Juvenile Offenders In Adult Prisons

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Since the 1990s the number of juveniles confined in detention facilities has been increasing. Though the population of children between the ages of 10 and 19 only increased by 3% the number of juveniles confined in detention facilities increased from 51,000 in 1979 to 104,000 in 2001. There is also a steep increase of juveniles in adult prisons. It is estimated that 107,000 juveniles are incarcerated on any given day Out of the 107,000, 14,500 are housed in adult facilities, approximately 9,100 are placed in local jails, and 5,400 are housed in adult prisons. These statistics reflect the “tough on crime” policy being imposed in the United States. The lawmakers who enacted laws designed to make it easier for juveniles to be tried and punished as adults see that the only solution to juvenile crime is to detain more children to make the society safer. It…show more content…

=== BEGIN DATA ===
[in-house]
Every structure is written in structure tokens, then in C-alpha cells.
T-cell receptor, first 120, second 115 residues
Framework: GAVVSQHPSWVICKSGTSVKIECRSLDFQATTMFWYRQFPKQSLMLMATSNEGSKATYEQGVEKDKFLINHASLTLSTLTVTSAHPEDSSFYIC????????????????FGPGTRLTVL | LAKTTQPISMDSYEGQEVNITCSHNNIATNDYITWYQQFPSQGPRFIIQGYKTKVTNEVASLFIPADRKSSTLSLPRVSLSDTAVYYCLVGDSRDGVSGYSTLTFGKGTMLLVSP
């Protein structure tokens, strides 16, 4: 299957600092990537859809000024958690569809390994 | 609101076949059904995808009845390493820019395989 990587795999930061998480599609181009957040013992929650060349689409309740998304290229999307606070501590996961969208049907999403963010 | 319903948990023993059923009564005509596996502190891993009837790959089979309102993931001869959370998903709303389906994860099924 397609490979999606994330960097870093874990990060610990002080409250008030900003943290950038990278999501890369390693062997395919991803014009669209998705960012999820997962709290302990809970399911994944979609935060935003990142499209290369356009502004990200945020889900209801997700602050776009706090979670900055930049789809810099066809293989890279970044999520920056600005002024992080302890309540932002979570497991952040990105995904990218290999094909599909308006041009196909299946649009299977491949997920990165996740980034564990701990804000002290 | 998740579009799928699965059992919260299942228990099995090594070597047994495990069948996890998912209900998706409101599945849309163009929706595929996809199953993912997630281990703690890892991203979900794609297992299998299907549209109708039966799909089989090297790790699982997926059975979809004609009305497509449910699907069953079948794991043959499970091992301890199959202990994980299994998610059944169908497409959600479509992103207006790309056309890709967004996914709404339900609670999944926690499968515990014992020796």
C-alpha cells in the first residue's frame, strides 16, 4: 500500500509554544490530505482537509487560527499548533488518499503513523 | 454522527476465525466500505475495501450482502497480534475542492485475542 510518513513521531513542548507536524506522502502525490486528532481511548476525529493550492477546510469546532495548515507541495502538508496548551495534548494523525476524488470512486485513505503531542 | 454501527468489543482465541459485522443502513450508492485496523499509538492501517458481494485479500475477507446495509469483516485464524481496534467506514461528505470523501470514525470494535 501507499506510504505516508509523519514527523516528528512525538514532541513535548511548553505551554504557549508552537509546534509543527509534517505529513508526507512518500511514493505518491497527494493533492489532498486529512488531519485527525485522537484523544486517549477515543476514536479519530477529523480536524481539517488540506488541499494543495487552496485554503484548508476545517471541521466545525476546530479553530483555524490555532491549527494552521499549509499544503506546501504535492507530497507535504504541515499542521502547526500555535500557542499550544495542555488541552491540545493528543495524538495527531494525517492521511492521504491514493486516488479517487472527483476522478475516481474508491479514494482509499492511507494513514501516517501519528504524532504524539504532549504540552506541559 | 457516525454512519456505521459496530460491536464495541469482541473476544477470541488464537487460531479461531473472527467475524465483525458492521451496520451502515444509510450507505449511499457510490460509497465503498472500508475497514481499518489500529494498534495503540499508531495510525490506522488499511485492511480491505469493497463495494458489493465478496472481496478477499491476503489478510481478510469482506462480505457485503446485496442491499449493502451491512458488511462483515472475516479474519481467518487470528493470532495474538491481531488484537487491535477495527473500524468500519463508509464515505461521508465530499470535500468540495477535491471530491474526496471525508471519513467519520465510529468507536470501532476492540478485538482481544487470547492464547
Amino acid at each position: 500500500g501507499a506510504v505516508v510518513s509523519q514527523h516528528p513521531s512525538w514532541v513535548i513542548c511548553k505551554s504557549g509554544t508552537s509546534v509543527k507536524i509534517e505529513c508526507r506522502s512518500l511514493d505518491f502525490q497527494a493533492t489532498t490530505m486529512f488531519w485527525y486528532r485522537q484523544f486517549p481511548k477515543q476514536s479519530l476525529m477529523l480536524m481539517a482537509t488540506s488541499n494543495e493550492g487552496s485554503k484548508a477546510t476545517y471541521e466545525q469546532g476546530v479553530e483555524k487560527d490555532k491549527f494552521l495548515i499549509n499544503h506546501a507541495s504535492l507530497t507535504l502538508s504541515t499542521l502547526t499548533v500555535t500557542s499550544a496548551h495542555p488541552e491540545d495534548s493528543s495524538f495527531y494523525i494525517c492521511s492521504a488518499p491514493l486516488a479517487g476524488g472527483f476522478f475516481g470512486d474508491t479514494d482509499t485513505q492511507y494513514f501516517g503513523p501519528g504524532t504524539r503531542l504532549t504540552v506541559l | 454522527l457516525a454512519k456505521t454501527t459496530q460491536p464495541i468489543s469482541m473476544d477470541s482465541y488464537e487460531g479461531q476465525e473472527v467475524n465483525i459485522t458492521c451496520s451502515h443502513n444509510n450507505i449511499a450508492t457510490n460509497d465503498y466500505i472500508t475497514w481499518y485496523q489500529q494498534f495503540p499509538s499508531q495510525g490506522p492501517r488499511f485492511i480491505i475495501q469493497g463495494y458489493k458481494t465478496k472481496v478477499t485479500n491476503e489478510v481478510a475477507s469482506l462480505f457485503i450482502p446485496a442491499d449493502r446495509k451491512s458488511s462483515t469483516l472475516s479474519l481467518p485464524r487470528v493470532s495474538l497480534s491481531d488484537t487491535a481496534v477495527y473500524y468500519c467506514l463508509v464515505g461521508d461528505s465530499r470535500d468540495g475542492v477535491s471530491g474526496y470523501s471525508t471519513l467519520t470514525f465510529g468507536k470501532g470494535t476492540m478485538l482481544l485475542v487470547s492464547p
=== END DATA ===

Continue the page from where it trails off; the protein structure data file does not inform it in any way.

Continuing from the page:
They are suggesting that the state government should look into the possibility of using community-based alternative to detention which is not only more cost-effective but could also be a more effective solution to juvenile crimes. But this could only work if you have those teens who want the help. So that’s why they provide them with the feel like you at home setting. The state feel if we can provide them with the essential of doing the right thing, they will less likely to commit a crime. But being touch on crime is always a good approach, that’s what are need to stay on track. The justice system is setting young youth for failure, detention centers are not punishing they are rewarded them and that’s not helping our youth. It needs to be establish that when you do the crime you do the time and not be rewarded. So is the justice system the way to go the answer is yes but with hard
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